Thursday, June 4, 2009
Vitamin D and Athletic Performance
Greetings! ACSM was great and I am working on getting the info out to you soon. I am probably driving my poor web person batty as I am posting in a blog that will be transferred over to a new site soon. I am hoping to have it all up and running by the third week of June, so posting here may be a bit sparse in the cut over period; but fear not as I will have tons of killer new performance enhancement items for you soon.
Athletic Performance and Vitamin D
Something I have been following for some time now is the building research on Vitamin D. Vitamin is technically a hormone that does a myriad of functions in the body.
Vitamin D comes mainly from fatty, wild caught fish (hmmmmmm fresh sockeye salmon with some Cajun spice and a nice glass of Cabernet wine; oops back on track here) or your body can make it from sunlight (UVB) exposure. The downside for those that live in the northern climates like myself in Minnesota and my friends even further north in that tundra they call Canada, is that the amount of UVB during most of the year is not enough for adequate Vitamin D production.
What about muscle?
The cool part is that in research by Birge et al. in 1975 Vit D (in the 25 (OH)D form--the "natural" form in the body) has been shown to to directly increase protein synthesis (e.g. adding new muscle)
The optimal level in this study is quoted at 50 ng*ml-1 for 25 (OH)D levels. Since there is so much literature showing all the issues of Vitamin D deficiency, future trials may become more scarce since it could be argued that to have control or untreated Vit D group may be unethical!
How To Determine Levels?
Keep in mind I am not a medical doctor (although I did stay at a Holiday Inn recently), and I am only providing you the information to make an intelligent decision about your health and athletic performance. An option is to get your Vit D level tested through your local doc. If that is not an option, ZRT labs does Vit D testing by mail, so see the info below.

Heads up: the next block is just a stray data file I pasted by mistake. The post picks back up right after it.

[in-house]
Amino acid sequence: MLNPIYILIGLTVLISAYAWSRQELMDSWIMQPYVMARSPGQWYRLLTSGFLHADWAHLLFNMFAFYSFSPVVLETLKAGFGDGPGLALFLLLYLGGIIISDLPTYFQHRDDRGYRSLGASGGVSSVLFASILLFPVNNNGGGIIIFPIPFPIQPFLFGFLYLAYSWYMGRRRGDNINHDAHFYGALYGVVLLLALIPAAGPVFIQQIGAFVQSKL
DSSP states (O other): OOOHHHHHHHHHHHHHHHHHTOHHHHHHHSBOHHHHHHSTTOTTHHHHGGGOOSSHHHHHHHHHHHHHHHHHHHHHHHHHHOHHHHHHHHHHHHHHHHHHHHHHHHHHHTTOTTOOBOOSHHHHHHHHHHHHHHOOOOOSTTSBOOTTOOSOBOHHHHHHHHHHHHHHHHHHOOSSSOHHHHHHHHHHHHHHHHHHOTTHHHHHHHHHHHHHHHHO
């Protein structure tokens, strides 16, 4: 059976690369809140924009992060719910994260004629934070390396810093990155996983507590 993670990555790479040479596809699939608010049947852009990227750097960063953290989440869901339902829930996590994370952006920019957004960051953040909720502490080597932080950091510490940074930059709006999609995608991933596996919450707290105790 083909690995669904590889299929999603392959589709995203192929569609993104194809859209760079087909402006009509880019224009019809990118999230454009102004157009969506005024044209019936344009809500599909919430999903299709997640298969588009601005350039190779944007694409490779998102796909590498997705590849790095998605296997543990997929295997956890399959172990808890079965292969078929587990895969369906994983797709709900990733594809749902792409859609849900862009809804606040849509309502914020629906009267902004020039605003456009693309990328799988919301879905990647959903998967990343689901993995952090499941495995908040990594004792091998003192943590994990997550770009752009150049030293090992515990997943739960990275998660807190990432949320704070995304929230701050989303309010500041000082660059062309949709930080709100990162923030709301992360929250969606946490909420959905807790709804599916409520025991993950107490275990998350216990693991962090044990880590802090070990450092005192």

As a personal experiment of n=1 I will have my levels tested soon and keep you all updated on what I find.
Here is the abstract for you. For my newsletter friends, I will have an exclusive heads up on a video with tons of Vit D info out to you all soon.
Mike T Nelson
Athletic Performance and Vitamin D.
Medicine & Science in Sports & Exercise. 41(5):1102-1110, May 2009.
CANNELL, JOHN J. 1; HOLLIS, BRUCE W. 2; SORENSON, MARC B. 3; TAFT, TIMOTHY N. 4; ANDERSON, JOHN J. B. 5
Purpose: Activated vitamin D (calcitriol) is a pluripotent pleiotropic secosteroid hormone. As a steroid hormone, which regulates more than 1000 vitamin D-responsive human genes, calcitriol may influence athletic performance. Recent research indicates that intracellular calcitriol levels in numerous human tissues, including nerve and muscle tissue, are increased when inputs of its substrate, the prehormone vitamin D, are increased.
Methods: We reviewed the world's literature for evidence that vitamin D affects physical and athletic performance.
Results: Numerous studies, particularly in the German literature in the 1950s, show vitamin D- producing ultraviolet light improves athletic performance. Furthermore, a consistent literature indicates physical and athletic performance is seasonal; it peaks when 25-hydroxy-vitamin D [25(OH)D] levels peak, declines as they decline, and reaches its nadir when 25(OH)D levels are at their lowest. Vitamin D also increases the size and number of Type II (fast twitch) muscle fibers. Most cross- sectional studies show that 25(OH)D levels are directly associated with musculoskeletal performance in older individuals. Most randomized controlled trials, again mostly in older individuals, show that vitamin D improves physical performance.
Conclusions: Vitamin D may improve athletic performance in vitamin D-deficient athletes. Peak athletic performance may occur when 25(OH)D levels approach those obtained by natural, full-body, summer sun exposure, which is at least 50 ng[middle dot]mL-1. Such 25(OH)D levels may also protect the athlete from several acute and chronic medical conditions.